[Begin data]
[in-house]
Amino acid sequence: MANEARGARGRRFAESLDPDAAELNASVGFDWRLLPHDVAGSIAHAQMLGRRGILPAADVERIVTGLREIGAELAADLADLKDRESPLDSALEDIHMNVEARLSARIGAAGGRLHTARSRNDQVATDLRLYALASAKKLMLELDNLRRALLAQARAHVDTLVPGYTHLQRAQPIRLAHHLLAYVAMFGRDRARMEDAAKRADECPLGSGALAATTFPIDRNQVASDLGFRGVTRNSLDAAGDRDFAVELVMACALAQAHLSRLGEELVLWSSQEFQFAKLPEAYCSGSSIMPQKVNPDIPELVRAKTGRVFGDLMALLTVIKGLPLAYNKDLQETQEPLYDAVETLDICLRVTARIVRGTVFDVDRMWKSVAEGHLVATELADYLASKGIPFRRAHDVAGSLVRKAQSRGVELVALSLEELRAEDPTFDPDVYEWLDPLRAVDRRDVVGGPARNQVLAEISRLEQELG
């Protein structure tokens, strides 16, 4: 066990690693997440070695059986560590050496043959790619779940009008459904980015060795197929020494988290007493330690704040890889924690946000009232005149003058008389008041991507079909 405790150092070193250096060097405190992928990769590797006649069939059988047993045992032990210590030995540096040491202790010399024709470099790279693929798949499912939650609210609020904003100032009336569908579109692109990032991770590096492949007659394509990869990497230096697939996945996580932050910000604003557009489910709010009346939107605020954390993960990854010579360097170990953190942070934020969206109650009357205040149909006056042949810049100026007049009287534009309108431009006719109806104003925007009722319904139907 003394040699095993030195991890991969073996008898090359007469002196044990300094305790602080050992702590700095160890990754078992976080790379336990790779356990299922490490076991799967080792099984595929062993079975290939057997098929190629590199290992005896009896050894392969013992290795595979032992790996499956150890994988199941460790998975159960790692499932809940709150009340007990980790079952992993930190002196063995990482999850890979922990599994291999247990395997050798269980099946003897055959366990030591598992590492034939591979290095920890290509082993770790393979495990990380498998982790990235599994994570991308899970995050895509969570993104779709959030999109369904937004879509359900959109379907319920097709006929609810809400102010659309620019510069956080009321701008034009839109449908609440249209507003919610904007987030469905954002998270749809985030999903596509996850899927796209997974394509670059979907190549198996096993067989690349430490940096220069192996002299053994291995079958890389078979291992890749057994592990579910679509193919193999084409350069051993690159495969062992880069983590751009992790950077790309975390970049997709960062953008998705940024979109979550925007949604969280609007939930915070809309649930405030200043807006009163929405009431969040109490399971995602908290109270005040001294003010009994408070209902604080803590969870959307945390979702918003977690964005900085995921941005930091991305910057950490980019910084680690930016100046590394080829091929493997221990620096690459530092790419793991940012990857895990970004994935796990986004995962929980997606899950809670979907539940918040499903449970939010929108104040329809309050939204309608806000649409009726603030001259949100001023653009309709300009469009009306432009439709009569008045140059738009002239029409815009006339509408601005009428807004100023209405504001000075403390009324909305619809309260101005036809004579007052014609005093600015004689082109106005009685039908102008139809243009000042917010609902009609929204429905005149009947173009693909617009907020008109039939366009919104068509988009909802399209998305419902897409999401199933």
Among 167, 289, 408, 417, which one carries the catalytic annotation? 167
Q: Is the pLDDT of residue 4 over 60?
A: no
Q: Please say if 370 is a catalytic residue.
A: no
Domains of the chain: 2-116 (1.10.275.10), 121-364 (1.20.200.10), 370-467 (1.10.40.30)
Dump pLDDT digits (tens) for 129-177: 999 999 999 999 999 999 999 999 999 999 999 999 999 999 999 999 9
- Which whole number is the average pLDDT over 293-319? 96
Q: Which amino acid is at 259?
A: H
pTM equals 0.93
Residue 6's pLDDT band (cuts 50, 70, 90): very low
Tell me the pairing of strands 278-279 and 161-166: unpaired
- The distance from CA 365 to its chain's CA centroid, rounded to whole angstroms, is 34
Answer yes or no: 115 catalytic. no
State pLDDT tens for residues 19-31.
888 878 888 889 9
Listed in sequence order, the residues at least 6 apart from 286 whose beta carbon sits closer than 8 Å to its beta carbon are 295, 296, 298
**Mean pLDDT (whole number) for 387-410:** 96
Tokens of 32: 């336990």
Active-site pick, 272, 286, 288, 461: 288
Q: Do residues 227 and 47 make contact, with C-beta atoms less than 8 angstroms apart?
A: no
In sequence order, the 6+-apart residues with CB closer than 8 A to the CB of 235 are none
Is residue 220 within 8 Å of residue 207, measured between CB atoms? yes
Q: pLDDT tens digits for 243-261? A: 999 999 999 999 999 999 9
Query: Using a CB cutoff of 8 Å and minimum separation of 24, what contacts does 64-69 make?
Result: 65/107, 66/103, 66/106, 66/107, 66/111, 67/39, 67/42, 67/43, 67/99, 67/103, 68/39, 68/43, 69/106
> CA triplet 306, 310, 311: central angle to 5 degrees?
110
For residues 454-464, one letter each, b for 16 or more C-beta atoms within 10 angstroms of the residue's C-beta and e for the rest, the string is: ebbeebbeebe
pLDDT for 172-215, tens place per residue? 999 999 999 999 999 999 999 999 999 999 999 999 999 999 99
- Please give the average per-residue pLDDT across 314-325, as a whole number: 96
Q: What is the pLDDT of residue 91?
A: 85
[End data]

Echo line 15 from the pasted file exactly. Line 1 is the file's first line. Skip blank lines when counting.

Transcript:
Residue 6's pLDDT band (cuts 50, 70, 90): very low